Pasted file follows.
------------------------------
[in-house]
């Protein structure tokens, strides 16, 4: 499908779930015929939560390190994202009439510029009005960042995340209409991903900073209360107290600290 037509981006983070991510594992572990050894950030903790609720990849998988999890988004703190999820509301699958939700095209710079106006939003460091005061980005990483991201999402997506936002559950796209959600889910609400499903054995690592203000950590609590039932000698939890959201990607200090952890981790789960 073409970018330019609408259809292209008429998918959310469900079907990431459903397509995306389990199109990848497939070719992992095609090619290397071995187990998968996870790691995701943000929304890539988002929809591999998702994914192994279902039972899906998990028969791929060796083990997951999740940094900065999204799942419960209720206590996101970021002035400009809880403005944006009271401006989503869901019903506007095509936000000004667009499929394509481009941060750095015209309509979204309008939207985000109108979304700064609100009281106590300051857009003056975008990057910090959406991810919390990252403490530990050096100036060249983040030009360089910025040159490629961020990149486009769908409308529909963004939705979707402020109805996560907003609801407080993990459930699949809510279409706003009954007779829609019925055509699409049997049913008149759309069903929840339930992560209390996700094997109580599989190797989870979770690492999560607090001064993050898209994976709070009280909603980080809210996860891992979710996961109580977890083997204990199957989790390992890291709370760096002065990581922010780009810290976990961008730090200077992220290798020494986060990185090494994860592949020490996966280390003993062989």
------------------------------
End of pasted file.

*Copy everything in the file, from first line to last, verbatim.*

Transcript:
[in-house]
């Protein structure tokens, strides 16, 4: 499908779930015929939560390190994202009439510029009005960042995340209409991903900073209360107290600290 037509981006983070991510594992572990050894950030903790609720990849998988999890988004703190999820509301699958939700095209710079106006939003460091005061980005990483991201999402997506936002559950796209959600889910609400499903054995690592203000950590609590039932000698939890959201990607200090952890981790789960 073409970018330019609408259809292209008429998918959310469900079907990431459903397509995306389990199109990848497939070719992992095609090619290397071995187990998968996870790691995701943000929304890539988002929809591999998702994914192994279902039972899906998990028969791929060796083990997951999740940094900065999204799942419960209720206590996101970021002035400009809880403005944006009271401006989503869901019903506007095509936000000004667009499929394509481009941060750095015209309509979204309008939207985000109108979304700064609100009281106590300051857009003056975008990057910090959406991810919390990252403490530990050096100036060249983040030009360089910025040159490629961020990149486009769908409308529909963004939705979707402020109805996560907003609801407080993990459930699949809510279409706003009954007779829609019925055509699409049997049913008149759309069903929840339930992560209390996700094997109580599989190797989870979770690492999560607090001064993050898209994976709070009280909603980080809210996860891992979710996961109580977890083997204990199957989790390992890291709370760096002065990581922010780009810290976990961008730090200077992220290798020494986060990185090494994860592949020490996966280390003993062989």